This entry was posted on Tuesday, January 3rd, 2012 at 5:16 AM and is filed under employee awards, Employee Engagement Programs, employee recognition programs. You can follow any responses to this entry through the RSS 2.0 feed. You can leave a response, or trackback from your own site.
Sound like a trick question? Well it’s not; it is raised by this article that discusses research conducted by the Impact Achievement Group, a leadership development consultancy. Just when you thought the entire recognition aspect of employee engagement has become a proven employee improvement strategy, along comes “research” that attempts to negate the value of employee recognition programs. Well at least it tries to contradict employee recognition programs as the research download states that they want to “challenge existing assumptions and provide an impetus to further exploration.” They probably should have said “provide an impetus for further clarification” as the research was not very evident nor was it very clear and certainly provided no evidence to support conclusions drawn.
In our opinion this piece is nothing more than a compilation of re-occurring thought on the values of recognition awards to change behavior in the workplace and is more self-promotional than anything else. In addition they include some thought from the works of Herzberg in the sixties as if to authenticate their position, all of which makes for a hodgepodge of creative deductive reasoning that leaves you a tad baffled. Hey, we’re not saying their conclusions are wrong, just a little confusing.
As is often the case, the Impact Achievement Group, who did the research, doesn’t seem to have a clue about the difference between an employee recognition program and an employee motivation or incentive program. They also hang their case on “happy employees” not being productive, but productive employees being “happy.” Not sure where the “happy” came into to picture, we’ve always heard “engaged” as the buzz word of the day. We’ve been designing and implementing recognition or incentive programs going on 40 years and have never used “happy” as the objective of the program.
We believe the issue here is who is best equipped to assist companies in improving employee performance. There are many who claim the high ground on this, not the least of which is the consultant types as mentioned here whose income is dependent on assessment, coaching, training etc., but not awards. Others include those research types who want to research every nuance possible of the employee world. Then we have the communication companies who feel that all you need to do is communicate better and your woes will be gone. Then you have the recognition and award companies who hang their hat on the award as the driving factor. Take your pick, read up on all of them, you’ll find that they all say much the same thing.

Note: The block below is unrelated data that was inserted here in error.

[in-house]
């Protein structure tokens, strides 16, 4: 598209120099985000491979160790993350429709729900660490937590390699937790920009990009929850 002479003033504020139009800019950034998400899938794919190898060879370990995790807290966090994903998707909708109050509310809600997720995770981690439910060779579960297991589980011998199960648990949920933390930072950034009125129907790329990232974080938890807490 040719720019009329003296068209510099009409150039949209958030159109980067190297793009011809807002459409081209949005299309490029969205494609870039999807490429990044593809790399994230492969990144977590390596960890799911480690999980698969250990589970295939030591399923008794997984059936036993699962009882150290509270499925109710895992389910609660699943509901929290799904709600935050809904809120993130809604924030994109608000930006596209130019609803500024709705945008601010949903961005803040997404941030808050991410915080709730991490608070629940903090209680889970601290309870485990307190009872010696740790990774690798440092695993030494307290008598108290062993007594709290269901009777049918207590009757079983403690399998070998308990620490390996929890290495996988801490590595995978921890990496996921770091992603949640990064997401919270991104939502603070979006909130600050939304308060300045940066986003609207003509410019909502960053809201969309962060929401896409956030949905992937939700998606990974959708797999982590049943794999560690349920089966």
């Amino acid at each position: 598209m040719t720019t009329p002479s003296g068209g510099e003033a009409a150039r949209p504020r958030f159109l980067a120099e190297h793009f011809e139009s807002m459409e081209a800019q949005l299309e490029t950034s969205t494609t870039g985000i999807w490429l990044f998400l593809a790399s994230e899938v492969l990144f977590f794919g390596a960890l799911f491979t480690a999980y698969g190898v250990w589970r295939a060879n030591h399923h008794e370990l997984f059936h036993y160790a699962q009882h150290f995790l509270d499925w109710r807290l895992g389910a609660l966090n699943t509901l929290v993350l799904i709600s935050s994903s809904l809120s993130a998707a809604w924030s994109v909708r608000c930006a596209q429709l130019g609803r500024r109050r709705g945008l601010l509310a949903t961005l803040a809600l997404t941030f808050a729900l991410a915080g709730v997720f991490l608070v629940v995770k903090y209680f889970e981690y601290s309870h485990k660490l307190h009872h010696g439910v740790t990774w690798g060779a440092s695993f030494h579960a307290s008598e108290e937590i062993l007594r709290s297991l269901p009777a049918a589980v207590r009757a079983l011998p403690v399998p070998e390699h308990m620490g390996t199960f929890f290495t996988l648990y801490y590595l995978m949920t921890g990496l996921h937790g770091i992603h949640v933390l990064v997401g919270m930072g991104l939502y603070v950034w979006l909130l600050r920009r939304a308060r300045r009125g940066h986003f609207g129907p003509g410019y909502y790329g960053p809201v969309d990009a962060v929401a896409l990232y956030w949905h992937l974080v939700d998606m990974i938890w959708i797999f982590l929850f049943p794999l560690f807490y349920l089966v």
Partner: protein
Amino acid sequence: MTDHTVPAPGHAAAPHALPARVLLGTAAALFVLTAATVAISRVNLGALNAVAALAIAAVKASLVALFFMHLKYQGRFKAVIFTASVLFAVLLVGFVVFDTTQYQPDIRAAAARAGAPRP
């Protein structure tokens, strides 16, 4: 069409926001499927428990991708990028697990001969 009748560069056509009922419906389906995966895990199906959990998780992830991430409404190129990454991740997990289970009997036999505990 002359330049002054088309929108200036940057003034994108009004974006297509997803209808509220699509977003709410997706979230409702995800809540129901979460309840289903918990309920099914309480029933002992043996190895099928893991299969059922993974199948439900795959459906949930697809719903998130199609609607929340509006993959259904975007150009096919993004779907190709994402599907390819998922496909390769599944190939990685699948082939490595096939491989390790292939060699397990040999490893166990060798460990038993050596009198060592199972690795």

If you believe that employee engagement (or happiness) is a behavioral issue (which we do) you might want to consider tackling the issue using the behavior model. In it you’ll find that research, training, communication and measurement and feedback are all part of changing behavior, with positive consequences as the piece to close the loop and continue the behavioral circle. As “positive consequences” include the reward piece, than it would seem that it is kind of difficult to extricate the reward and recognition from the total. Or are we just being too simplistic here?
Let’s stop thinking about whether reward and recognition does or doesn’t work in helping to engage employees and improve performance. There is plenty of evidence out there to support that conclusion. I don’t know if engaged means they’re happy, but it does mean they are performing better than those who are not engaged. What do you think?